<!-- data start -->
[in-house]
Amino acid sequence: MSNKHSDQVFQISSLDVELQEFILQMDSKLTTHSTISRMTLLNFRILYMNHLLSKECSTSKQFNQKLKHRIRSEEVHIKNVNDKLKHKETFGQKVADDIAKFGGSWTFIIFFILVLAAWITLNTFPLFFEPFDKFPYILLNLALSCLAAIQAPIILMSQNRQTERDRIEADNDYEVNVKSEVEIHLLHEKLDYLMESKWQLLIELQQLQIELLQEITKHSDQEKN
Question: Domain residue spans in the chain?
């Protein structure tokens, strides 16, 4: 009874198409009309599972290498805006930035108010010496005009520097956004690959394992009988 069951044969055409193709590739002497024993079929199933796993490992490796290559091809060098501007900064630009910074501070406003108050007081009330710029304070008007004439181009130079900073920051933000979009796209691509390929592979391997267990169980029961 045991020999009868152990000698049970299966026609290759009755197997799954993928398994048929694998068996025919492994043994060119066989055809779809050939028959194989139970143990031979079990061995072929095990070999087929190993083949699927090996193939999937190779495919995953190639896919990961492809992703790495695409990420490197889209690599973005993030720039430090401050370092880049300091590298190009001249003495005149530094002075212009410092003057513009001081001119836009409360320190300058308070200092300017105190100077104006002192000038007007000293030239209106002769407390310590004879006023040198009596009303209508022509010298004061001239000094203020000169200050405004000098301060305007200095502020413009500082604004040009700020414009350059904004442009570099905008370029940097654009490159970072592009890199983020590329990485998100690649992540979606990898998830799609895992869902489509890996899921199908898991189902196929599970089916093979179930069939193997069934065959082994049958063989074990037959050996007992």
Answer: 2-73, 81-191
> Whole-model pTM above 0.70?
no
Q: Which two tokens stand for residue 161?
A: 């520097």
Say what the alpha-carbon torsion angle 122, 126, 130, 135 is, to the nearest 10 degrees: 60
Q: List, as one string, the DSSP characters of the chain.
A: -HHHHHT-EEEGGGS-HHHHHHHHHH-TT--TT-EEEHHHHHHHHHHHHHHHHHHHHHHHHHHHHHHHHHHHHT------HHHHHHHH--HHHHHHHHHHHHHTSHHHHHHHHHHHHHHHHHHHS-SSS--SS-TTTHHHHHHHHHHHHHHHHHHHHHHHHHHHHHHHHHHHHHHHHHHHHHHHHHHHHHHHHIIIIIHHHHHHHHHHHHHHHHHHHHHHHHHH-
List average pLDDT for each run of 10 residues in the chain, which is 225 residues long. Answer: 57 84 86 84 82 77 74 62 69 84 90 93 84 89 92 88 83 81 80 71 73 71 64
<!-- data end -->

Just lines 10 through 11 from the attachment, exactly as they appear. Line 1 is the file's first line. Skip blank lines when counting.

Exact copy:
Say what the alpha-carbon torsion angle 122, 126, 130, 135 is, to the nearest 10 degrees: 60
Q: List, as one string, the DSSP characters of the chain.